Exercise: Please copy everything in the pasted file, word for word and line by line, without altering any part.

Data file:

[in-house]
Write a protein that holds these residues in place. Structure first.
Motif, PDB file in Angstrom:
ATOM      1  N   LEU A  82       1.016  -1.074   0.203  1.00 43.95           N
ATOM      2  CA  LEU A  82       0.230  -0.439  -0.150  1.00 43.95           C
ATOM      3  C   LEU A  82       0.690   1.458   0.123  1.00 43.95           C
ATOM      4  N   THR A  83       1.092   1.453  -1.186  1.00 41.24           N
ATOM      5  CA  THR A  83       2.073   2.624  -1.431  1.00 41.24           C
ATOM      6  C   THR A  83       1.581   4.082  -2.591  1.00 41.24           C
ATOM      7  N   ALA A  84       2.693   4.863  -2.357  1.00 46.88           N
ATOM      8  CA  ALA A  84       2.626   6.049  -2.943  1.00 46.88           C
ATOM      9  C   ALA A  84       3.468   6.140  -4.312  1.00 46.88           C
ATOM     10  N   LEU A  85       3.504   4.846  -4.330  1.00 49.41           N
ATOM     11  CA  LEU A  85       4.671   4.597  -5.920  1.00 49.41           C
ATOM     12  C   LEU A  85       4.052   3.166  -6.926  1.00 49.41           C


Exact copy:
[in-house]
Write a protein that holds these residues in place. Structure first.
Motif, PDB file in Angstrom:
ATOM      1  N   LEU A  82       1.016  -1.074   0.203  1.00 43.95           N
ATOM      2  CA  LEU A  82       0.230  -0.439  -0.150  1.00 43.95           C
ATOM      3  C   LEU A  82       0.690   1.458   0.123  1.00 43.95           C
ATOM      4  N   THR A  83       1.092   1.453  -1.186  1.00 41.24           N
ATOM      5  CA  THR A  83       2.073   2.624  -1.431  1.00 41.24           C
ATOM      6  C   THR A  83       1.581   4.082  -2.591  1.00 41.24           C
ATOM      7  N   ALA A  84       2.693   4.863  -2.357  1.00 46.88           N
ATOM      8  CA  ALA A  84       2.626   6.049  -2.943  1.00 46.88           C
ATOM      9  C   ALA A  84       3.468   6.140  -4.312  1.00 46.88           C
ATOM     10  N   LEU A  85       3.504   4.846  -4.330  1.00 49.41           N
ATOM     11  CA  LEU A  85       4.671   4.597  -5.920  1.00 49.41           C
ATOM     12  C   LEU A  85       4.052   3.166  -6.926  1.00 49.41           C